**Analytic Combinatorics**

From what I gather, analytic combinatorics is a way of using formal languages to describe recurrence relations, and thus a simpler (and easier-to-teach) method of creating generating functions. I don’t exactly know what that means, but you can read the book on it (by Flajolet and, of course, Sedgewick): Analytic Combinatorics (PDF).

**Testing Algorithms Empirically**

In computer science classes, he suggests students run a program on an increasing series of inputs (e.g. n = { 1000, 2000, 4000, 8000, 16000, … }) and examining the ratios of input size to run times to understand the real impact of running in linear time, N log N time, quadratic time, etc. (This is something that some of my past computer science courses have included, so apparently they have already adopted this piece of Sedgewick’s advice.)

**Changing Intro to CS Courses**

Sedgewick recommends identifying core elements of computer science, such as classic algorithms, and teaching them to everyone as early as possible. Some changes made to the curriculum at Princeton (where Sedgewick teaches) have led to a dramatic increase in enrollment in intro computer science courses and from a wider range of majors.

**Change Publishing**

Sedgewick touted his Introduction to Programming in Java and its accompanying web site as a major change for textbooks. The programming examples are short and simple, but demonstrate a wide range of real-world applications across several branches of science. (Although he did not mention it in the lecture, I also appreciated that the examples in this book often include graphics, sound, and animation — which are far more thrilling results than the usual ASCII that intro CS students see as the fruits of their labors.)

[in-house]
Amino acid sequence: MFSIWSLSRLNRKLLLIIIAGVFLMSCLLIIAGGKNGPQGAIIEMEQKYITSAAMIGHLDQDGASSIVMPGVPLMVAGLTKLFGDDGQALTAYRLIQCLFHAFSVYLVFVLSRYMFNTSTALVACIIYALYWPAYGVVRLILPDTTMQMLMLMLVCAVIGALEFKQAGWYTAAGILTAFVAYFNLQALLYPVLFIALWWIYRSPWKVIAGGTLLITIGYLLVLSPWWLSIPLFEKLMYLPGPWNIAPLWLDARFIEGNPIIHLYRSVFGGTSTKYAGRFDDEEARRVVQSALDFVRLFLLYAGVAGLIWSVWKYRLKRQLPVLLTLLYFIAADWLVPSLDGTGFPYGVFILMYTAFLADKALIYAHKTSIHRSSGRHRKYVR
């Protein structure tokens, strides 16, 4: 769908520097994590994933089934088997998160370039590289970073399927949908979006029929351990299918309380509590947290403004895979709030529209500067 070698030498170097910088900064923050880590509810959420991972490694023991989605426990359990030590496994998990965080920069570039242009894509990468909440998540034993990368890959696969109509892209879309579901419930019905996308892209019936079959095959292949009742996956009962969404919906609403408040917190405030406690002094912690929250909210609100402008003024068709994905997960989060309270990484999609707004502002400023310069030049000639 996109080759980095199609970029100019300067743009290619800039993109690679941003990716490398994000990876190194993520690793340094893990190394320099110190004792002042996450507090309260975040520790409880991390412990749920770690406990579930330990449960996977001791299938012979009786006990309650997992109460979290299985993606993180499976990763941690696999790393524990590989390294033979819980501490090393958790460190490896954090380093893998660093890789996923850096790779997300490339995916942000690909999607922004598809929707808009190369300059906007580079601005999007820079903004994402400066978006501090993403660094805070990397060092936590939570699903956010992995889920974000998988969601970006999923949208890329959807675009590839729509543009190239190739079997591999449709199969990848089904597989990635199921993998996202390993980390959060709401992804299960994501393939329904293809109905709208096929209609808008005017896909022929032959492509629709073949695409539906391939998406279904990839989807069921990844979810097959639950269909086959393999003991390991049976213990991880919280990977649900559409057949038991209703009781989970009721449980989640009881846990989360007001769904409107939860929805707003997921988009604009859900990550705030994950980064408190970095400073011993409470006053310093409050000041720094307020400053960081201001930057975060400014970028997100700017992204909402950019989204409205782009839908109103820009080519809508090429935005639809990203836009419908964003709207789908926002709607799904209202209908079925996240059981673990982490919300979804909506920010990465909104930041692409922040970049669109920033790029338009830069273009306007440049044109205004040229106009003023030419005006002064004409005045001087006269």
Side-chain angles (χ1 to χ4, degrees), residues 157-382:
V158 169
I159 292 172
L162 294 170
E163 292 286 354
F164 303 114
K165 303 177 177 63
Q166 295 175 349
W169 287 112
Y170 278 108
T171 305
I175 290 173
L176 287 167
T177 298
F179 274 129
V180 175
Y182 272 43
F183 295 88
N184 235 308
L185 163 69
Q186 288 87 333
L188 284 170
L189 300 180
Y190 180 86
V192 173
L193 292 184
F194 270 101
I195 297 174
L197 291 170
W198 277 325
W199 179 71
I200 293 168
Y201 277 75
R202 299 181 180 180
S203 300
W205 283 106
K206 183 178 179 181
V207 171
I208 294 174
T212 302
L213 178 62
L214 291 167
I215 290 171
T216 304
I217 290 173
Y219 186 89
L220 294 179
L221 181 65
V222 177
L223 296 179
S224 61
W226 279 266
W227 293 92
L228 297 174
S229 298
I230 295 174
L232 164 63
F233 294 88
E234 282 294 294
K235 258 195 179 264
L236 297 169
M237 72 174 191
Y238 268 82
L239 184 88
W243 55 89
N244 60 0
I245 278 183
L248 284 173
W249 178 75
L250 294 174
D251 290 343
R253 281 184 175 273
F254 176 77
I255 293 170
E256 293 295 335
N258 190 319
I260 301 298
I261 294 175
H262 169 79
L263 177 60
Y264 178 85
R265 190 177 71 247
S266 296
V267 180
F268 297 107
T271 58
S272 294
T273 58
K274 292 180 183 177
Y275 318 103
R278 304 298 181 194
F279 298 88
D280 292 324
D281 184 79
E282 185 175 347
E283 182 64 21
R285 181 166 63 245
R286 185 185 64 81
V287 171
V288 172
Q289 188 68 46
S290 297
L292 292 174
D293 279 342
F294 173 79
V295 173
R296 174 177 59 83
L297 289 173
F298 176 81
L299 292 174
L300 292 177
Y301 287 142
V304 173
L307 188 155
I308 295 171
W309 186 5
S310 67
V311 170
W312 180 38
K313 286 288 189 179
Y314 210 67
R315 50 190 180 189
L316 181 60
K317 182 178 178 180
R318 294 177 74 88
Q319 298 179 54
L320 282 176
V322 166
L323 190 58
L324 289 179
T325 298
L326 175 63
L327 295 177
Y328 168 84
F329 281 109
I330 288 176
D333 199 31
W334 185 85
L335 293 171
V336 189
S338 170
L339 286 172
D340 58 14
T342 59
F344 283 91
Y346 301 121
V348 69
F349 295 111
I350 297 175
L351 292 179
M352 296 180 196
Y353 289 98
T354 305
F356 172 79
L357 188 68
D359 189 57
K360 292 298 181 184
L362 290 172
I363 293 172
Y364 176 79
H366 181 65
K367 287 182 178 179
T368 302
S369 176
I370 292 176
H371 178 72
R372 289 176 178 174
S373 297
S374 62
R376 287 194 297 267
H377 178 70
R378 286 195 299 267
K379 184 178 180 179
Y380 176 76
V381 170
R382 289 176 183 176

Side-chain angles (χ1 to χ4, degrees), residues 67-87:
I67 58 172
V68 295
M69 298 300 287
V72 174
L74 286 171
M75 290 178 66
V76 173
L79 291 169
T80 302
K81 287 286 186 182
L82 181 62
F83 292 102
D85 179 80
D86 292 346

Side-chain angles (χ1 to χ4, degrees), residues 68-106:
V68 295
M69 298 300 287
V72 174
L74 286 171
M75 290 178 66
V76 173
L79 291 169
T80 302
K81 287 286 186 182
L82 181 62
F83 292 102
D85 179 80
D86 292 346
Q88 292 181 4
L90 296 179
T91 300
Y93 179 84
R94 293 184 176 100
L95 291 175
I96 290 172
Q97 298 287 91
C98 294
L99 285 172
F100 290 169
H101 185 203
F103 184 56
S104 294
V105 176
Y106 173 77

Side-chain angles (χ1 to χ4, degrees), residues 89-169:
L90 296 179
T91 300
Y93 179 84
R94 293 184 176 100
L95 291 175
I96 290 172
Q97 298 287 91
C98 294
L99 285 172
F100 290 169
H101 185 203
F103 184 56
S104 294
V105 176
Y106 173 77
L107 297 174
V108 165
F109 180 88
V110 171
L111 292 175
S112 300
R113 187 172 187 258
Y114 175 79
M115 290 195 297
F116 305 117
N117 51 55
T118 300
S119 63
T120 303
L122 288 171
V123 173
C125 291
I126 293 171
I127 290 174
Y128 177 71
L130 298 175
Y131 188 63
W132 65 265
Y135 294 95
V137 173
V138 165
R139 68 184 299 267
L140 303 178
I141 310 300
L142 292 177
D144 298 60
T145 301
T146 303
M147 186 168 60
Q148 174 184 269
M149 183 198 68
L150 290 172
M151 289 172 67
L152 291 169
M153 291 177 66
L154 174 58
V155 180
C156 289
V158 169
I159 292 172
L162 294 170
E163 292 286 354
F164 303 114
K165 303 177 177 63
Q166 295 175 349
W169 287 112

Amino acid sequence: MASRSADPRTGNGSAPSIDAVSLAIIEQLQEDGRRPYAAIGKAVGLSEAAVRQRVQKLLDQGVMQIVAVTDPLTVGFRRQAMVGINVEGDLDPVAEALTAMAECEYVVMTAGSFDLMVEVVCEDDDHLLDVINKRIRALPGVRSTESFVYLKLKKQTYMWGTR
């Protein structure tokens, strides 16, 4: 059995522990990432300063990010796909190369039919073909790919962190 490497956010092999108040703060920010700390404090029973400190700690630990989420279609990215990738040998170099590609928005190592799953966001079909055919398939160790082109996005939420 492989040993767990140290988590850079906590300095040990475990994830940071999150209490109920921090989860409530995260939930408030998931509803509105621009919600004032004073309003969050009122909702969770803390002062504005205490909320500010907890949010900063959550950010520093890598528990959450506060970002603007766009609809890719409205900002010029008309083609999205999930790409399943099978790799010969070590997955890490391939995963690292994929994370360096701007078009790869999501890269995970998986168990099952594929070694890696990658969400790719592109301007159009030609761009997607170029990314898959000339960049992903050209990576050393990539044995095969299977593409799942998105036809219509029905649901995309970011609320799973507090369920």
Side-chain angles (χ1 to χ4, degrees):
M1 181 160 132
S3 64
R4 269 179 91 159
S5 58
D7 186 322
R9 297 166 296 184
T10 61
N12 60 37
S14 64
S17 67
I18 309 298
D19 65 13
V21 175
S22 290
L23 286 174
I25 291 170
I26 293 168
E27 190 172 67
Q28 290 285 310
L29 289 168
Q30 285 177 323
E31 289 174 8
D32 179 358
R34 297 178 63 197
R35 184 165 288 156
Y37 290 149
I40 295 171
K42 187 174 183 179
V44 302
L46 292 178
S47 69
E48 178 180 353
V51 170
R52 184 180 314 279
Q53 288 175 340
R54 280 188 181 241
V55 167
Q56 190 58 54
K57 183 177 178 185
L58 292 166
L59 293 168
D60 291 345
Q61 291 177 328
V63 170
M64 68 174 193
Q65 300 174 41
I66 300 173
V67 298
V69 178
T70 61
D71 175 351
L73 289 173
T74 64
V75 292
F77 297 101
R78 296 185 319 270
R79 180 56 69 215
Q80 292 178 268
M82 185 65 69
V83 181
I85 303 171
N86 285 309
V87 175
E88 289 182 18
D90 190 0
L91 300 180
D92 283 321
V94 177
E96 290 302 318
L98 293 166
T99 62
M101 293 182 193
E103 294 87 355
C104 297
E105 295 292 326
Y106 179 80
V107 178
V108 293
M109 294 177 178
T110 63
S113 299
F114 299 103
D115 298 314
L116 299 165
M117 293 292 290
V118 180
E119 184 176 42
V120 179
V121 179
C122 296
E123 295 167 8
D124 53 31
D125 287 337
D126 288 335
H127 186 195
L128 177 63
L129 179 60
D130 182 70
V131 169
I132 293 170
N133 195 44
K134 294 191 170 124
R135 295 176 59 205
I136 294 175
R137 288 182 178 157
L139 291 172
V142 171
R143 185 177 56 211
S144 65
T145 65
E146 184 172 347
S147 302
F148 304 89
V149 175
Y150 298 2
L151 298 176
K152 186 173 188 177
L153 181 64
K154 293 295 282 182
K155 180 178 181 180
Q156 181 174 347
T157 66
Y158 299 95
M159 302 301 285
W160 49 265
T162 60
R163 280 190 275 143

He also criticized academic publishing for making journal articles look as much like boring print articles as possible, in spite of the fact that they are now primarily accessed online. Where are the full-color figures? The hyperlinks? Animated simulations? These things are all possible online, but instead publishers restrict content to the form that is least likely to be accessed.

Several times in the lecture, he also mentioned that freshly-minted computer scientists often have little or no background in science: no physics, no chemistry, no biology. Although he recognized this as a problem, he had no solutions (other than to, perhaps, require foundational science courses as part of a CS degree).

The last two items–changing the curriculum and publishing–really sounded like a Sedgewick paid-programming infomercial. “Everyone should take courses in the subject of which I am an expert, and they should use the book I wrote to teach it.” It was hard not to be a little skeptical of his motives. At the same time, I can’t help but think that he’s right.

Robert Sedgewick is teaching several free classes via the new Coursera initiative:

Algorithms, Part I

Algorithms, Part II

Analytic Combinatorics, Part I

Analytic Combinatorics, Part II